You may not be doing the right things to protect your children from sun damage. As many as 1 in 5 Americans will develop skin cancer in their lifetime.

“Skin cancer risk is related to cumulative lifetime sun exposure,” says Dr. Ted Lain, a board-certified dermatologist in the Austin area. “Protecting children from a young age is very important to reduce the risk of skin cancer as an adult. Teens are a special group, because they are often outdoors several hours each day for sports activities or band practice.”

Sun Protection Factor

Many parents think that the higher the sun protection factor (SPF), the better. But there’s more to it.

SPF measures how long a sunscreen will protect skin from UVB rays—the kind that cause sunburn. If your child gets a sunburn after about 10 minutes in the sun without sunscreen, then using a product with SPF 15 increases the time by a factor of 15 (10 minutes x 15 = 150 minutes). Theoretically, that gives your child 2 ½ hours of protection.

Does this mean that using an SPF of 100, your child can stay in the sun for 1,000 minutes? No. Here’s why:

  • Sunscreens are only effective for 2 hours or less and must be reapplied.
  • Products with high SPFs (greater than 50) are more likely to contain chemicals that can cause damage or an allergic skin reaction.
  • Your child’s skin may not turn red, but that doesn’t mean she didn’t get UVA damage. The SPF rating is based on UVB protection only.

The Environmental Working Group (EWG) cautions, “High-SPF products tend to lull users into staying in the sun longer and overexposing themselves to both UVA and UVB rays.”

Protection from UVA Rays

UVA rays are damaging. “Many sunscreens don’t provide adequate protection from UVA rays,” the EWG warns. They recently released a comprehensive evaluation of sunscreens. Their research revealed:

  • Many sunscreens in the U.S. don’t protect against UVA damage.
  • Some that claimed “broad spectrum” protection against both UVA and UVB rays failed the testing.
  • Products must contain zinc oxide or avobenzone to have good UVA protection.
  • Sunscreens with SPF values higher than 50 were poor at both UVA and UVB protection.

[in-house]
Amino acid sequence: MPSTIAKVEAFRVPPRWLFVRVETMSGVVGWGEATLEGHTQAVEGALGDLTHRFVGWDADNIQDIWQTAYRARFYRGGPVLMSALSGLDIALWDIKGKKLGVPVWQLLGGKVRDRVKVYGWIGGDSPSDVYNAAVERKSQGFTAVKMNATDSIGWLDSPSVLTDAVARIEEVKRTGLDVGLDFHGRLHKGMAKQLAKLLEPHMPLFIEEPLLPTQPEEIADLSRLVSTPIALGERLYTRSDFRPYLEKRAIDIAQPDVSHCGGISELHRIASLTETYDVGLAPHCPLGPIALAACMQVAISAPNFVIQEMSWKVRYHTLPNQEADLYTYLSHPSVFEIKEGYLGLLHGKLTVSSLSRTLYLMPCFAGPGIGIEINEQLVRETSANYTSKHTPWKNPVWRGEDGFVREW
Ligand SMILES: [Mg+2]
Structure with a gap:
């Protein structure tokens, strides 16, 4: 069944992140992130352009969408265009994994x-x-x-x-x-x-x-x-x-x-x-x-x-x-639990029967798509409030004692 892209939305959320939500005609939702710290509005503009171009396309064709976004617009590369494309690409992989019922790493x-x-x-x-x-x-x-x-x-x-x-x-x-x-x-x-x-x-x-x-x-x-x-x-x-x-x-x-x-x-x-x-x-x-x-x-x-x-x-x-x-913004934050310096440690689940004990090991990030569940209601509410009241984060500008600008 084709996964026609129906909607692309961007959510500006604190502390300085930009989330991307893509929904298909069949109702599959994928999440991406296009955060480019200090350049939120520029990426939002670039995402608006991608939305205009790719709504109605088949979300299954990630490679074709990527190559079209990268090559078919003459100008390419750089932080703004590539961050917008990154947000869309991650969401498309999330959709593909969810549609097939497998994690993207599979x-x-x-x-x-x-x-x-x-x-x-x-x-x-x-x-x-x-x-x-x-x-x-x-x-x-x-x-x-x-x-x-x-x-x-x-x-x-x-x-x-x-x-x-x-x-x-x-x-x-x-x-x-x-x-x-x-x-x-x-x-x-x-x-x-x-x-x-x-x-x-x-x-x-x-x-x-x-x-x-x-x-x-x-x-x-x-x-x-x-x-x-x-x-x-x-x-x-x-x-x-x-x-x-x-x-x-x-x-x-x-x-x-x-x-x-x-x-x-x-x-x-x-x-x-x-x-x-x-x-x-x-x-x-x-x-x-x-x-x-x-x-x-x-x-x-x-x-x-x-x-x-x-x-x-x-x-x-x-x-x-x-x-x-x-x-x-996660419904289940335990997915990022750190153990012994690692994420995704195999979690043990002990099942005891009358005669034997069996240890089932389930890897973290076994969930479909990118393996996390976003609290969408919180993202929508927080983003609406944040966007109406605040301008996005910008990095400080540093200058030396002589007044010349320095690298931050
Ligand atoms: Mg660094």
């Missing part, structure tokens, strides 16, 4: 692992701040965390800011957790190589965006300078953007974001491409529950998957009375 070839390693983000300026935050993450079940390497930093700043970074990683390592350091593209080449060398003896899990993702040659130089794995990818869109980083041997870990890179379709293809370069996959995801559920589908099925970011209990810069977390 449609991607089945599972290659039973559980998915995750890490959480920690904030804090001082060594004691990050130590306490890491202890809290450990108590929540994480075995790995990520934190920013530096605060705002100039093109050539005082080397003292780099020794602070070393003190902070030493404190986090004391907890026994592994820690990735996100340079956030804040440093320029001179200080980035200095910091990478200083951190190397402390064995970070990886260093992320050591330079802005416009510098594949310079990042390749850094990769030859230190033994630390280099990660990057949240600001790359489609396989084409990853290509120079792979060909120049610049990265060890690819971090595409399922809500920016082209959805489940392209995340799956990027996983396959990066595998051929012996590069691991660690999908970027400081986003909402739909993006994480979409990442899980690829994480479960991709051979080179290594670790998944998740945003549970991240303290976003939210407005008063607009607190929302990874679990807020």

• Applied too thinly, even sunscreens that do offer UVA protection are not as effective.


You Need to Know

UVUltraviolet (UV) rays are light rays from the sun. UV rays also can come from artificial sources, such as tanning beds.
UVAUltraviolet A (UVA) is a lower-energy light ray. It’s more damaging because it penetrates deeply into the skin. UVA rays generate free radicals, which cause skin damage, skin aging and skin cancer.
UVBUltraviolet B (UVB) is a higher-energy ray that is the primary cause of sunburn. UVB rays can increase your risk of skin cancer.



9 Tips for Sun Safety

Dr. Lain advises parents to follow 
these tips:

  • Apply a thick layer of sunscreen 30 minutes before going outside or swimming, so that ingredients fully bind to the skin. One ounce of sunscreen (enough to fill a shot glass) is considered enough by the American Academy of Dermatology.
  • Reapply sunscreen at least every 2 hours or as directed on the package. Also reapply after swimming or sweating.
  • Wear wide-brimmed hats (not ball caps) and lip balm with SPF 30 protection.
  • Wear sunglasses that block both UVA and UVB rays. Wrap-around sunglasses are best.
  • Use sunscreen even when it’s cloudy. Clouds don’t block UV rays.
  • Consider washing clothes with a laundry aid like Sun Guard to add UV protection that lasts for 20 washings. This is great for camp.
  • Sunscreen is not indicated for infants younger than 6 months old. Shade and sun avoidance is the best protection for them.
  • Avoid the sun when UV rays are strongest. If you can’t stay indoors, seek shade.
  • Avoid tanning just as much as sunburn. A tan is a response by the skin cells to DNA damage.


Select a Good Sunscreen

The Skin Cancer Foundation (SCF) offers these tips for selecting a sunscreen:

  • Look for a broad spectrum product with UVA protection that includes zinc oxide, titanium dioxide, avobenzone or ecamsule (Mexoryl).
  • Look for the SCF’s Seal of Recom-mendation, which guarantees the product is safe and effective.
  • Choose a high-quality product with an SPF of 15 to 50.
  • Choose a cream; it’s hard to apply sprays heavily enough for adequate protection.
  • Choose water resistant products for hot days or while playing sports, but not for everyday wear.


Visit for more information.


Brenda Schoolfield is a freelance medical writer in Austin.

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